Addressing the data scarcity challenge, the project aims to secure funding for essential observation facilities, such as weather stations and flux towers. This endeavour will not only enhance data availability but also provide local researchers with valuable resources. Currently, many researchers resort to laborious downscaling of model outputs due to limited access to large datasets and computing power. The project seeks to rectify this limitation, promising a brighter future for African research.

  1.  African academics and researchers. The project and the resulting team is actively seeking ways to conduct training to improve researchers capacities, and sourcing funds from various funding bodies to provide facilities that will enhance the research activities of local researchers and academics.
  2. Imperial College London. The members of this team express excitement and willingness for future collaboration on projects in which we share common interests. Establishment of data collection and ecological measurement centres for the collection of data from Africa in the future. This will benefit the general research community through Imperial College London efforts.
  3. The LEMONTREE Project: The LEMONTREE Project will benefit from this project in the long run since the model will be one of the first to make in-road into the country. Our immediate next step will involve specific data collection which will be useful for model input, calibration and evaluation.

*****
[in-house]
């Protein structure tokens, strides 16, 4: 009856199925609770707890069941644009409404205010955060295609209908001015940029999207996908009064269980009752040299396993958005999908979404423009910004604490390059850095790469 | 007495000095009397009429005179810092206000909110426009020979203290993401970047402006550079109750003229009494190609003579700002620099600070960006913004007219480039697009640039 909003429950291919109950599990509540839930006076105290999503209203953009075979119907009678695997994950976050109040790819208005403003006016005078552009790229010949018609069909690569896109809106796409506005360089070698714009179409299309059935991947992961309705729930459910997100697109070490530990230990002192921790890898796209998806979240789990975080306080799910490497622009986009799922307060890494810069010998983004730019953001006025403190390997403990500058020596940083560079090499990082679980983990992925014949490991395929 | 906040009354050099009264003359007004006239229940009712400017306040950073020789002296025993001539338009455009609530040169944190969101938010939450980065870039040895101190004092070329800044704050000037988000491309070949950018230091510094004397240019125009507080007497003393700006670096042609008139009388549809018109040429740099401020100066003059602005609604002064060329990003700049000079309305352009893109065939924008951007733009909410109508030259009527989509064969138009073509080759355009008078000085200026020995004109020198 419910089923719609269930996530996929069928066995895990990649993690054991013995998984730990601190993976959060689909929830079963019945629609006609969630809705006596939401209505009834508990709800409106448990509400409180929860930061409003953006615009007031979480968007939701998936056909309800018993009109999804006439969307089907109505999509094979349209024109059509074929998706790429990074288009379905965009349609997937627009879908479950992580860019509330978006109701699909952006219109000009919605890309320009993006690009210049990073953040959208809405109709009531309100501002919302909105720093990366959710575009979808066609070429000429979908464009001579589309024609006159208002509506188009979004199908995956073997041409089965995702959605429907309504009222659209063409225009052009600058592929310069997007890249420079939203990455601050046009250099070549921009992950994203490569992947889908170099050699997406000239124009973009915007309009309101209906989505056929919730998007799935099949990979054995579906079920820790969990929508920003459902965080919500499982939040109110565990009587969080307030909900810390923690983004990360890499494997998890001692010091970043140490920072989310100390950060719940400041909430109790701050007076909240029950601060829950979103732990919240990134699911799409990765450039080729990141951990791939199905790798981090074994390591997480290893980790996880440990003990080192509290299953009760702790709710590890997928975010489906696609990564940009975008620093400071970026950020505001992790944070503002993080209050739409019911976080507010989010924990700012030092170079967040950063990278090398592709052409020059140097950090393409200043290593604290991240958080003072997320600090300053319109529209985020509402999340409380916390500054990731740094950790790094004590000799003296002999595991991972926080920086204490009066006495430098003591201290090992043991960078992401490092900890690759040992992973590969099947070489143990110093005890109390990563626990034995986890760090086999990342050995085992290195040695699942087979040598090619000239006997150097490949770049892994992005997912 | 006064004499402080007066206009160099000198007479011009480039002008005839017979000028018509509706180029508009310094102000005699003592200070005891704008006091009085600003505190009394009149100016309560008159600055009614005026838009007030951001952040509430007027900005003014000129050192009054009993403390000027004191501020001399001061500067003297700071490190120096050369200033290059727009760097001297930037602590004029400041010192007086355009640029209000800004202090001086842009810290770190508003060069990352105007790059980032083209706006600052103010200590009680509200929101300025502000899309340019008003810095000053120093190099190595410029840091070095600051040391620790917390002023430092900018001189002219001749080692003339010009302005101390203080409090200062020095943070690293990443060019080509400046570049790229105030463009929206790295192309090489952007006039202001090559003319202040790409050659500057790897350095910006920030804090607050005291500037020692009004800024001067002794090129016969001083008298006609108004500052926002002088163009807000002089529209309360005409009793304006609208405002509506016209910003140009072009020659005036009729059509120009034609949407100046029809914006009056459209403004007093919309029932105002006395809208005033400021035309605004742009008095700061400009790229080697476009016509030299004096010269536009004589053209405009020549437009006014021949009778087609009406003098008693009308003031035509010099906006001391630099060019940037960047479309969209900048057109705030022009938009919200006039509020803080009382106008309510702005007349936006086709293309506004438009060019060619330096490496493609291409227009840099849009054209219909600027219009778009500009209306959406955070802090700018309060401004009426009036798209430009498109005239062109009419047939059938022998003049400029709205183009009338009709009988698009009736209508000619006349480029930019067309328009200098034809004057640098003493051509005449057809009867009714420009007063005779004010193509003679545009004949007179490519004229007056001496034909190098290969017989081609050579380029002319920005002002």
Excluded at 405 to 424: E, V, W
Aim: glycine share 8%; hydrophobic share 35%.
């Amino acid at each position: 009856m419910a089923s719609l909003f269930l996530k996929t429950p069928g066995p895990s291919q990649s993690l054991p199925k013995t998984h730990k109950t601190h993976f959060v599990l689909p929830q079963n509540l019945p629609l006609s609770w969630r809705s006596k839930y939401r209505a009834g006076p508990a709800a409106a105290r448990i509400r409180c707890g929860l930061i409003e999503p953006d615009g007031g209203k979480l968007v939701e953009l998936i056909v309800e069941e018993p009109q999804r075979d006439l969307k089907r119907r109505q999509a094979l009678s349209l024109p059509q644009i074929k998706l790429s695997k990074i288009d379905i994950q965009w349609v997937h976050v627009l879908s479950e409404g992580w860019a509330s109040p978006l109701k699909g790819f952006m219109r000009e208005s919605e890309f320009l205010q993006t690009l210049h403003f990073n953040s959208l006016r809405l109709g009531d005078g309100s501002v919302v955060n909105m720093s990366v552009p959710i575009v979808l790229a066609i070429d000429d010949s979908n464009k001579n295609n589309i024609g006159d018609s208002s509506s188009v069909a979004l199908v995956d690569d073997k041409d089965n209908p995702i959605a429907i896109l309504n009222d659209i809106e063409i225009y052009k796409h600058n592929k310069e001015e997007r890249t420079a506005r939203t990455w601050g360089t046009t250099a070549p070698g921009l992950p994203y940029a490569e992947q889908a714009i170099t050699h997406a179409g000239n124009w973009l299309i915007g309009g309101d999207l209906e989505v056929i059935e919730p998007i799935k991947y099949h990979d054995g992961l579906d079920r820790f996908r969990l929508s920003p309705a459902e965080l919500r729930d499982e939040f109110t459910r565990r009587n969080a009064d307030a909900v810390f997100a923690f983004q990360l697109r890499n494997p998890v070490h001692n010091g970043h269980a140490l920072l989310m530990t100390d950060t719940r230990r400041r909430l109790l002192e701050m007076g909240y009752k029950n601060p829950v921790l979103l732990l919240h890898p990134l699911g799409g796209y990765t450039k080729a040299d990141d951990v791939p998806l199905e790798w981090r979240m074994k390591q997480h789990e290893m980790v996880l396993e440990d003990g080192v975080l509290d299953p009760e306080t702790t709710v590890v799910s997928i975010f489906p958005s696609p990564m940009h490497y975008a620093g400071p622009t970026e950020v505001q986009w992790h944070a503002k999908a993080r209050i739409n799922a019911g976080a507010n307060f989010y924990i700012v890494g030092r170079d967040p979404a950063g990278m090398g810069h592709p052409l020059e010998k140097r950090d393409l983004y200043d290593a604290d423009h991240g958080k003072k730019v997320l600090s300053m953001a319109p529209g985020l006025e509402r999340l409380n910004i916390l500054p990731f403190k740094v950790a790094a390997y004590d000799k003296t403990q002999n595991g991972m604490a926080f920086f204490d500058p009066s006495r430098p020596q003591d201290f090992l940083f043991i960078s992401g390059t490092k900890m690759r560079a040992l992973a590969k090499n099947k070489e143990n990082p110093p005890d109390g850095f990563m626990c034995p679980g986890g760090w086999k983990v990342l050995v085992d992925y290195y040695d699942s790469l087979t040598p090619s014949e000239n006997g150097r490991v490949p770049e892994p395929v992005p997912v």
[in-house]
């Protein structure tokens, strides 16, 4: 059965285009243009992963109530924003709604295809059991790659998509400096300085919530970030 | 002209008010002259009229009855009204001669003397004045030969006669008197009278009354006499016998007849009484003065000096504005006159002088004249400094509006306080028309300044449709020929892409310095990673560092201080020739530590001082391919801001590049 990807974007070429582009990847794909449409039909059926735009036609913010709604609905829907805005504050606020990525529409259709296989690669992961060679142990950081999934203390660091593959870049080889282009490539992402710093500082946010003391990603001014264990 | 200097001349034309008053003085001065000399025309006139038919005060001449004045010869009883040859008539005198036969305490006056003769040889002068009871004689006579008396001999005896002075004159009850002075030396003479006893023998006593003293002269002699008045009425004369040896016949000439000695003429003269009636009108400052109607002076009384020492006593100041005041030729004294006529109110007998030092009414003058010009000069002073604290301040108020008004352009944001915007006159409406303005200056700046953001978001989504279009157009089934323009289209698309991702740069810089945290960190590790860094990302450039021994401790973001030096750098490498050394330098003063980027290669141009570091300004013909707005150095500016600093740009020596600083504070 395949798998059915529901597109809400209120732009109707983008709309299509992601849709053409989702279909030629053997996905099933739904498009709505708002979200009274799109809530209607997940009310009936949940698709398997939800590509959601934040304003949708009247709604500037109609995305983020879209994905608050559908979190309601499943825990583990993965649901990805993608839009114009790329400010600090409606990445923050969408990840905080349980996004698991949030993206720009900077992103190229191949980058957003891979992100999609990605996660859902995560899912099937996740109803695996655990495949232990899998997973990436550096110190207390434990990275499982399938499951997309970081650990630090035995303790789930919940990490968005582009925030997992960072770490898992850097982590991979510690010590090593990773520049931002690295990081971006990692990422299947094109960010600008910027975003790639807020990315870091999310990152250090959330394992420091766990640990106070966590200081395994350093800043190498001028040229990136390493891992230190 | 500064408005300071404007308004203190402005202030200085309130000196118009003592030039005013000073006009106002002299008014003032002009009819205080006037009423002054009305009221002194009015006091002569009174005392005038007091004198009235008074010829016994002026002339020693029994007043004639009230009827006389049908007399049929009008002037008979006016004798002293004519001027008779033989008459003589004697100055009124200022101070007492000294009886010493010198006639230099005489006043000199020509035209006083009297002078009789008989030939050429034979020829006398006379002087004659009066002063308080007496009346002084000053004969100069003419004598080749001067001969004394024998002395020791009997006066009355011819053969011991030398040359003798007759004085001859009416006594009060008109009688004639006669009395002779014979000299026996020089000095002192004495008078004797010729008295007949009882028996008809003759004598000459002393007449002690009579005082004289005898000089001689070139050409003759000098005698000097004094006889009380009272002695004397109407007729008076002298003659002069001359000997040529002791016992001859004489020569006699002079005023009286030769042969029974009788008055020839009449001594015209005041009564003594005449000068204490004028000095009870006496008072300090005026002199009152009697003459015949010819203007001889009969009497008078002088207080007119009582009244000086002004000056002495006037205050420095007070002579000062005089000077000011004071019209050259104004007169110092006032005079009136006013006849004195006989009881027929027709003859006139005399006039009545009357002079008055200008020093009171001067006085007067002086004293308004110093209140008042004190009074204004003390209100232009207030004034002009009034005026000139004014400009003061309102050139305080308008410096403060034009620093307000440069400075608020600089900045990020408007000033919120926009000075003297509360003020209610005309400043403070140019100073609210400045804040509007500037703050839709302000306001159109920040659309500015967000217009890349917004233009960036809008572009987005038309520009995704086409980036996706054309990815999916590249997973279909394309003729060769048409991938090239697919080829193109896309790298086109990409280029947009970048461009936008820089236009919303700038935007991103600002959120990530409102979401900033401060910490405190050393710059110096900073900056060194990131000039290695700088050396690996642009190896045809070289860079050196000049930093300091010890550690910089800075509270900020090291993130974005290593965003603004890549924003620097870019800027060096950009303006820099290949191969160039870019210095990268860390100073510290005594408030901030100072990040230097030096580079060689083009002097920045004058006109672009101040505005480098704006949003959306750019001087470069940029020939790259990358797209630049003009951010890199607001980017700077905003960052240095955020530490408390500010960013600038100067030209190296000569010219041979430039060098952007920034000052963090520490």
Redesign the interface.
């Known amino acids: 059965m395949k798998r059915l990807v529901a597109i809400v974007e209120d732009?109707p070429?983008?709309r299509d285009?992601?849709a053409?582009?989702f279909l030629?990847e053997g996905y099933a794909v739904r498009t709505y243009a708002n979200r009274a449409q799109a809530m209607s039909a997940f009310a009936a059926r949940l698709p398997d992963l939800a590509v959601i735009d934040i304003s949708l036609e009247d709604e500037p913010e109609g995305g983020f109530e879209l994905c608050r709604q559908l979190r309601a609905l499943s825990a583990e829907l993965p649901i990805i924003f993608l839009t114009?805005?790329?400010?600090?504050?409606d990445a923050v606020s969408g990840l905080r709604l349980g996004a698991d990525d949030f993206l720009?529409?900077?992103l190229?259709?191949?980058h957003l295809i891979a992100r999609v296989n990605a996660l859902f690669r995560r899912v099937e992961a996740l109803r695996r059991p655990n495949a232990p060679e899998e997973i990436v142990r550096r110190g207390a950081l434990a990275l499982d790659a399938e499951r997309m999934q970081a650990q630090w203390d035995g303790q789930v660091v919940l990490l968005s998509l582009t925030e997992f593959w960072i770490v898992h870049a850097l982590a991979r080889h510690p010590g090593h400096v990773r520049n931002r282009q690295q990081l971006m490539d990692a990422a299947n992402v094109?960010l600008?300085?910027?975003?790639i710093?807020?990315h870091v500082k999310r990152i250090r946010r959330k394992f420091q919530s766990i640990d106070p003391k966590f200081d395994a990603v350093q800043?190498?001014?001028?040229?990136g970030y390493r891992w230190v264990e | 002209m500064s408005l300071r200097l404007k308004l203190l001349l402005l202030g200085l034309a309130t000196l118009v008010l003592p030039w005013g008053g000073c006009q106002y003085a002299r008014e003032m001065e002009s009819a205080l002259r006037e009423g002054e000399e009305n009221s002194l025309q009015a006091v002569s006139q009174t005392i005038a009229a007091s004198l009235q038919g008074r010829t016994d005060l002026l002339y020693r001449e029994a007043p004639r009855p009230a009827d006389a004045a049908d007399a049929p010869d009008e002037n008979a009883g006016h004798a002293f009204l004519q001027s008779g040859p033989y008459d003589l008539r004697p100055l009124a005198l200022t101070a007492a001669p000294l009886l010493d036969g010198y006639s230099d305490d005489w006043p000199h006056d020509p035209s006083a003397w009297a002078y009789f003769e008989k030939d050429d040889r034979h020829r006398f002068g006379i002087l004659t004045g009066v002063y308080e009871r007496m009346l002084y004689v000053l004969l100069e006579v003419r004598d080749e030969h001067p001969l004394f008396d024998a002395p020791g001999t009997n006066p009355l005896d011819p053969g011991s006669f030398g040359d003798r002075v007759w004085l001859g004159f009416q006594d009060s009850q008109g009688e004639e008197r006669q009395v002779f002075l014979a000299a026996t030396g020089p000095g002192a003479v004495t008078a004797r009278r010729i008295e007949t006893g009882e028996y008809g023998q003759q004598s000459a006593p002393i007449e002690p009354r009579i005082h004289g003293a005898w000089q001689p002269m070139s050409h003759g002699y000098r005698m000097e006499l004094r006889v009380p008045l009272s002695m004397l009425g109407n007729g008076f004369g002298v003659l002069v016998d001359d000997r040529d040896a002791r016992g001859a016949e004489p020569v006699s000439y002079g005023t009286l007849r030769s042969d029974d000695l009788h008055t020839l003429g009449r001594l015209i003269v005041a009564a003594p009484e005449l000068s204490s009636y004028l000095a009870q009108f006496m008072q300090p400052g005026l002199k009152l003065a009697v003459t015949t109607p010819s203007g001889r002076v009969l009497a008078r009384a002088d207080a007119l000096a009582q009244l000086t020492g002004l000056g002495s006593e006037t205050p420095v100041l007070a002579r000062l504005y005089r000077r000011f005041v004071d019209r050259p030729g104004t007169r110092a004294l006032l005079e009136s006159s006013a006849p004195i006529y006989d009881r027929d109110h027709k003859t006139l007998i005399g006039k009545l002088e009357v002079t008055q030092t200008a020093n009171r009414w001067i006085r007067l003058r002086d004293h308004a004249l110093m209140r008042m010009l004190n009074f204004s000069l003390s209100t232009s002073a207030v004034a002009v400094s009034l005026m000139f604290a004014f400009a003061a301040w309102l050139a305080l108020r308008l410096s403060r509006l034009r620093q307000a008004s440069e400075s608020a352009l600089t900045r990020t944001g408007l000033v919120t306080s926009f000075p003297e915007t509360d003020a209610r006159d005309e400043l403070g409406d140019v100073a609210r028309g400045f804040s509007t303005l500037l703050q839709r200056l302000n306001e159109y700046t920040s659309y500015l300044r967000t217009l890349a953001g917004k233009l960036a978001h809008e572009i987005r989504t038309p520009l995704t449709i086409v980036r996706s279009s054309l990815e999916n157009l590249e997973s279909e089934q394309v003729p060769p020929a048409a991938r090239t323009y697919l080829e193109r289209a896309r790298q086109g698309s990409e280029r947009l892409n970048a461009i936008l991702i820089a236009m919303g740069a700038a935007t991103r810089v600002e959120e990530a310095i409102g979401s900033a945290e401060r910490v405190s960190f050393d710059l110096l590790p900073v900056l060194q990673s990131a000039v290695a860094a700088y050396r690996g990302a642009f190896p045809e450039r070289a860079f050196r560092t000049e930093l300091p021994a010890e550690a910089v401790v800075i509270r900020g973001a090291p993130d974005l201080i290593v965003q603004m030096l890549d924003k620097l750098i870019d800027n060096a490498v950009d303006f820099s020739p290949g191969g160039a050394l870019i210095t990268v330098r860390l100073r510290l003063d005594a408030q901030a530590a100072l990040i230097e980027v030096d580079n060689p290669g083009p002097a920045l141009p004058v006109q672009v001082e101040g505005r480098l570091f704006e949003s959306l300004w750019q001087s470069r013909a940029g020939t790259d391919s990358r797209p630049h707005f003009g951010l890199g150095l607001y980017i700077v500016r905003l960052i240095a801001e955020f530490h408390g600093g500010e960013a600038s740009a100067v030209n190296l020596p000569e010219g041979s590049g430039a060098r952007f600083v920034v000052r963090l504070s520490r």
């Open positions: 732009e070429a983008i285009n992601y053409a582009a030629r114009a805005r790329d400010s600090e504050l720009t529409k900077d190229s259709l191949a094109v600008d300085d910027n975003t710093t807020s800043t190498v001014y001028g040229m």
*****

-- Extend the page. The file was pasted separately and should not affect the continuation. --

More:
Moving Forward: the NRF 2023 grants application

The collaborative network resulting from this project has submitted a concept note for the Tetfund National Research Fund (NRF) 2023 Grants Application. The proposed project, “Developing a Country-Based Computer Model for Terrestrial Ecosystem Monitoring and Management,” seeks substantial funding to further its mission. Future events will include additional funding applications to address the challenges posed by data scarcity and limited research resources.

Feedback from participants

The training received positive feedback from participants who appreciated the initiative and the knowledge shared. However, some challenges were identified, including the complexity of setting up the P model environment on personal computers and the need for more extensive training sessions. Additionally, logistical issues regarding venue information were noted.


Joseph’s efforts to bridge the data gap between the UK and Africa have laid the foundation for collaborative research that promises to advance our understanding of terrestrial ecosystems and address global challenges. Through funding, training, and resource provision, this project has paved the way for mutually beneficial partnerships and a brighter future for scientific research in Africa. As the project continues to evolve, its impact on the global scientific community and the environment is bound to be profound.